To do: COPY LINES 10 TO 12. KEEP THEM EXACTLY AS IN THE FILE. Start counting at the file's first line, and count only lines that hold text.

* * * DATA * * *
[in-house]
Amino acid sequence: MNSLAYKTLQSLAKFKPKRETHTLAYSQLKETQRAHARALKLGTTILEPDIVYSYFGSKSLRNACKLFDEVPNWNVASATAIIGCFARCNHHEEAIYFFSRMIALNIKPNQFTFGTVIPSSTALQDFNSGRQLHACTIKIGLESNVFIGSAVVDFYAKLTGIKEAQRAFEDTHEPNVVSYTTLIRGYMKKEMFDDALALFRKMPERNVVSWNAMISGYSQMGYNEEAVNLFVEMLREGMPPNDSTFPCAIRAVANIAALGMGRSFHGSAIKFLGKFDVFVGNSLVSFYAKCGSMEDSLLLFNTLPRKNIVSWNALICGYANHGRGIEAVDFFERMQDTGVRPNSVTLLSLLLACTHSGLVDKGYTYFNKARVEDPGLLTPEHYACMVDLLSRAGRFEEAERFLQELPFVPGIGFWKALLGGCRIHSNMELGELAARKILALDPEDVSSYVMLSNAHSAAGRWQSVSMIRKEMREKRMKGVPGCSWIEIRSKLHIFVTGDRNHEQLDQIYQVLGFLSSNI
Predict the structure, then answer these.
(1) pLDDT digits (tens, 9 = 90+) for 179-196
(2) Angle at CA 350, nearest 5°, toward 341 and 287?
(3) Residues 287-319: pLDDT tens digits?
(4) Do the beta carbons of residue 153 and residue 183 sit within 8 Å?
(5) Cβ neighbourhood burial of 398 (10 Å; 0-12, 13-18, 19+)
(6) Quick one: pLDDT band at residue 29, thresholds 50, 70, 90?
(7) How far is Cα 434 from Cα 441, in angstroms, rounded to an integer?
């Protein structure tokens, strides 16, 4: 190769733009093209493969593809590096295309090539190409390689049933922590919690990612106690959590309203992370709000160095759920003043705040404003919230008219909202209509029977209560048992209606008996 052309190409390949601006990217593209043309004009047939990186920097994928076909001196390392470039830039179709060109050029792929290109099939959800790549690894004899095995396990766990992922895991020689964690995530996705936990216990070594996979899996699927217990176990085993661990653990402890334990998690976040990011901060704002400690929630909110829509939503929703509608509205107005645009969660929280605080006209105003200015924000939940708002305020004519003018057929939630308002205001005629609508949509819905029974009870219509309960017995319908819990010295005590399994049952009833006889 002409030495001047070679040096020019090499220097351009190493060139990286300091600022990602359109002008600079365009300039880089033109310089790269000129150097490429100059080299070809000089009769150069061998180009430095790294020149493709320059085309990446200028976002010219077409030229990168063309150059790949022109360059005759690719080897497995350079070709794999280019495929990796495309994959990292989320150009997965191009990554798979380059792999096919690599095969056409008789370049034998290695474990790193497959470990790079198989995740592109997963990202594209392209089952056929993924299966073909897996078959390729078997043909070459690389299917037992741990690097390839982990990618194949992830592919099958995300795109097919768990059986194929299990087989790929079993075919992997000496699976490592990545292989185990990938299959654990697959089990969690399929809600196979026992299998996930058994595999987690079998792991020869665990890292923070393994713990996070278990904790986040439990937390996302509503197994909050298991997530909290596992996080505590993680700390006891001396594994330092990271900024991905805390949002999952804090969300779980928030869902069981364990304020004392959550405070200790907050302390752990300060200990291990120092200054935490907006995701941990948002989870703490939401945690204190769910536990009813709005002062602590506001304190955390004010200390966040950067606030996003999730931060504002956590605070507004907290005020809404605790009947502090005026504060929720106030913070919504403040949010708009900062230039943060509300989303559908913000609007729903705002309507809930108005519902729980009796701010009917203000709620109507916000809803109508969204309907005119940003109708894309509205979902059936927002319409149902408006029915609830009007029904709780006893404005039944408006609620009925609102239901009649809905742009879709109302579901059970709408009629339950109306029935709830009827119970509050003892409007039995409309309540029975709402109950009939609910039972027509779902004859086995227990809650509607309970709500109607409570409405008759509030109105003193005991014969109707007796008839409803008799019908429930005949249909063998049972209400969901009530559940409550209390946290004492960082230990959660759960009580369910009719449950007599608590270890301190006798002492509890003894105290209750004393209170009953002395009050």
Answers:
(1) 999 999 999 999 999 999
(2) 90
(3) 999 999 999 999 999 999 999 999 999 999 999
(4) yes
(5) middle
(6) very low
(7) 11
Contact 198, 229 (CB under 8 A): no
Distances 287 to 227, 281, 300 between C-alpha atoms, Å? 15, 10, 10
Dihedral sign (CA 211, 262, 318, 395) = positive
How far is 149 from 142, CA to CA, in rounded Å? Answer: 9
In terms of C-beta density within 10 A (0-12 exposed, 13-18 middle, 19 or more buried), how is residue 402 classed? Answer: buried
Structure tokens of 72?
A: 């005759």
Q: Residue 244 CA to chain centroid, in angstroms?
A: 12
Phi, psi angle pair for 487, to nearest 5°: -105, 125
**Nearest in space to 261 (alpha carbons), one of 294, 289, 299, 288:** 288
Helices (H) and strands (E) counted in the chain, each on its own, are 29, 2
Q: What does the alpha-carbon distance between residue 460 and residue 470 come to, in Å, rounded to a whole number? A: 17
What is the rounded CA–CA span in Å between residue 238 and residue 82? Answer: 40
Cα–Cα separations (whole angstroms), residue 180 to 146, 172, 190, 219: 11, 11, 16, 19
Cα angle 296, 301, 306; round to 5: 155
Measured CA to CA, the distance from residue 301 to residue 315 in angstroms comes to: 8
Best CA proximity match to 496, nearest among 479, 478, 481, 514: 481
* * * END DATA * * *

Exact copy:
(7) How far is Cα 434 from Cα 441, in angstroms, rounded to an integer?
């Protein structure tokens, strides 16, 4: 190769733009093209493969593809590096295309090539190409390689049933922590919690990612106690959590309203992370709000160095759920003043705040404003919230008219909202209509029977209560048992209606008996 052309190409390949601006990217593209043309004009047939990186920097994928076909001196390392470039830039179709060109050029792929290109099939959800790549690894004899095995396990766990992922895991020689964690995530996705936990216990070594996979899996699927217990176990085993661990653990402890334990998690976040990011901060704002400690929630909110829509939503929703509608509205107005645009969660929280605080006209105003200015924000939940708002305020004519003018057929939630308002205001005629609508949509819905029974009870219509309960017995319908819990010295005590399994049952009833006889 002409030495001047070679040096020019090499220097351009190493060139990286300091600022990602359109002008600079365009300039880089033109310089790269000129150097490429100059080299070809000089009769150069061998180009430095790294020149493709320059085309990446200028976002010219077409030229990168063309150059790949022109360059005759690719080897497995350079070709794999280019495929990796495309994959990292989320150009997965191009990554798979380059792999096919690599095969056409008789370049034998290695474990790193497959470990790079198989995740592109997963990202594209392209089952056929993924299966073909897996078959390729078997043909070459690389299917037992741990690097390839982990990618194949992830592919099958995300795109097919768990059986194929299990087989790929079993075919992997000496699976490592990545292989185990990938299959654990697959089990969690399929809600196979026992299998996930058994595999987690079998792991020869665990890292923070393994713990996070278990904790986040439990937390996302509503197994909050298991997530909290596992996080505590993680700390006891001396594994330092990271900024991905805390949002999952804090969300779980928030869902069981364990304020004392959550405070200790907050302390752990300060200990291990120092200054935490907006995701941990948002989870703490939401945690204190769910536990009813709005002062602590506001304190955390004010200390966040950067606030996003999730931060504002956590605070507004907290005020809404605790009947502090005026504060929720106030913070919504403040949010708009900062230039943060509300989303559908913000609007729903705002309507809930108005519902729980009796701010009917203000709620109507916000809803109508969204309907005119940003109708894309509205979902059936927002319409149902408006029915609830009007029904709780006893404005039944408006609620009925609102239901009649809905742009879709109302579901059970709408009629339950109306029935709830009827119970509050003892409007039995409309309540029975709402109950009939609910039972027509779902004859086995227990809650509607309970709500109607409570409405008759509030109105003193005991014969109707007796008839409803008799019908429930005949249909063998049972209400969901009530559940409550209390946290004492960082230990959660759960009580369910009719449950007599608590270890301190006798002492509890003894105290209750004393209170009953002395009050």
Answers: